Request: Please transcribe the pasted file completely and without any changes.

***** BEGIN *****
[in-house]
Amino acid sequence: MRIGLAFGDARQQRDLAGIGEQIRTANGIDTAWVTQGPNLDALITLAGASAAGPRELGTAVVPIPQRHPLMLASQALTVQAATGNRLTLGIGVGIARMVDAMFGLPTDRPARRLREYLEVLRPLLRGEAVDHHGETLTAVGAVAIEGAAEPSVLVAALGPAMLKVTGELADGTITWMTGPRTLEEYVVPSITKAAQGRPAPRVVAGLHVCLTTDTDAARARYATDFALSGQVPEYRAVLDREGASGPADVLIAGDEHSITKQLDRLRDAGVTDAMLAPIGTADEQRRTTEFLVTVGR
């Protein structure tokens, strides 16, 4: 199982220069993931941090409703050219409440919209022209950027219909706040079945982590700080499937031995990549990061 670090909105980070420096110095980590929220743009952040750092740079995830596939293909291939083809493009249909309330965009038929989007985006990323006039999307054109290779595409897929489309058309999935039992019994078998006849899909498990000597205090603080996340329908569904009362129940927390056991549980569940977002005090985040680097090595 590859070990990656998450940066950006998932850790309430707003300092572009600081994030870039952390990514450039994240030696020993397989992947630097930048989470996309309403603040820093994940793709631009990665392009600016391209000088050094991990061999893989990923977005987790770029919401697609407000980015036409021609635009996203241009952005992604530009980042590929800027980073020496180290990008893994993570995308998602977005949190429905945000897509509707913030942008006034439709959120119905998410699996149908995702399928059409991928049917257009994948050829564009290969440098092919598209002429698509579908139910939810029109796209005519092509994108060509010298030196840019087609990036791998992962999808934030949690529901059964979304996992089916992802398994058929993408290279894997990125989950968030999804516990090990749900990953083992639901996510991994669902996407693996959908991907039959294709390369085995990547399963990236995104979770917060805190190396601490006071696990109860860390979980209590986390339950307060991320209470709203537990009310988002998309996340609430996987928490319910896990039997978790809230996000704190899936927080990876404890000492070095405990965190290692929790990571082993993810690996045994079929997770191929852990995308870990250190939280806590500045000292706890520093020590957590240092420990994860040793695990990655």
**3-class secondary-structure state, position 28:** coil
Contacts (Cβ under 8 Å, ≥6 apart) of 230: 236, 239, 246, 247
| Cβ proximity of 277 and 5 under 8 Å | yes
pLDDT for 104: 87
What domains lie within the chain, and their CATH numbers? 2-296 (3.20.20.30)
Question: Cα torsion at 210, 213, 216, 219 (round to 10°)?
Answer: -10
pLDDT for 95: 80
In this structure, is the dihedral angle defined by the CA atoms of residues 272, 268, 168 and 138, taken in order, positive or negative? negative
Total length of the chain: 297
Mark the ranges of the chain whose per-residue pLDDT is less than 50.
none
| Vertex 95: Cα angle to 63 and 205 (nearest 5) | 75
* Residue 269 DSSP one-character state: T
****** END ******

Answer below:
[in-house]
Amino acid sequence: MRIGLAFGDARQQRDLAGIGEQIRTANGIDTAWVTQGPNLDALITLAGASAAGPRELGTAVVPIPQRHPLMLASQALTVQAATGNRLTLGIGVGIARMVDAMFGLPTDRPARRLREYLEVLRPLLRGEAVDHHGETLTAVGAVAIEGAAEPSVLVAALGPAMLKVTGELADGTITWMTGPRTLEEYVVPSITKAAQGRPAPRVVAGLHVCLTTDTDAARARYATDFALSGQVPEYRAVLDREGASGPADVLIAGDEHSITKQLDRLRDAGVTDAMLAPIGTADEQRRTTEFLVTVGR
């Protein structure tokens, strides 16, 4: 199982220069993931941090409703050219409440919209022209950027219909706040079945982590700080499937031995990549990061 670090909105980070420096110095980590929220743009952040750092740079995830596939293909291939083809493009249909309330965009038929989007985006990323006039999307054109290779595409897929489309058309999935039992019994078998006849899909498990000597205090603080996340329908569904009362129940927390056991549980569940977002005090985040680097090595 590859070990990656998450940066950006998932850790309430707003300092572009600081994030870039952390990514450039994240030696020993397989992947630097930048989470996309309403603040820093994940793709631009990665392009600016391209000088050094991990061999893989990923977005987790770029919401697609407000980015036409021609635009996203241009952005992604530009980042590929800027980073020496180290990008893994993570995308998602977005949190429905945000897509509707913030942008006034439709959120119905998410699996149908995702399928059409991928049917257009994948050829564009290969440098092919598209002429698509579908139910939810029109796209005519092509994108060509010298030196840019087609990036791998992962999808934030949690529901059964979304996992089916992802398994058929993408290279894997990125989950968030999804516990090990749900990953083992639901996510991994669902996407693996959908991907039959294709390369085995990547399963990236995104979770917060805190190396601490006071696990109860860390979980209590986390339950307060991320209470709203537990009310988002998309996340609430996987928490319910896990039997978790809230996000704190899936927080990876404890000492070095405990965190290692929790990571082993993810690996045994079929997770191929852990995308870990250190939280806590500045000292706890520093020590957590240092420990994860040793695990990655």
**3-class secondary-structure state, position 28:** coil
Contacts (Cβ under 8 Å, ≥6 apart) of 230: 236, 239, 246, 247
| Cβ proximity of 277 and 5 under 8 Å | yes
pLDDT for 104: 87
What domains lie within the chain, and their CATH numbers? 2-296 (3.20.20.30)
Question: Cα torsion at 210, 213, 216, 219 (round to 10°)?
Answer: -10
pLDDT for 95: 80
In this structure, is the dihedral angle defined by the CA atoms of residues 272, 268, 168 and 138, taken in order, positive or negative? negative
Total length of the chain: 297
Mark the ranges of the chain whose per-residue pLDDT is less than 50.
none
| Vertex 95: Cα angle to 63 and 205 (nearest 5) | 75
* Residue 269 DSSP one-character state: T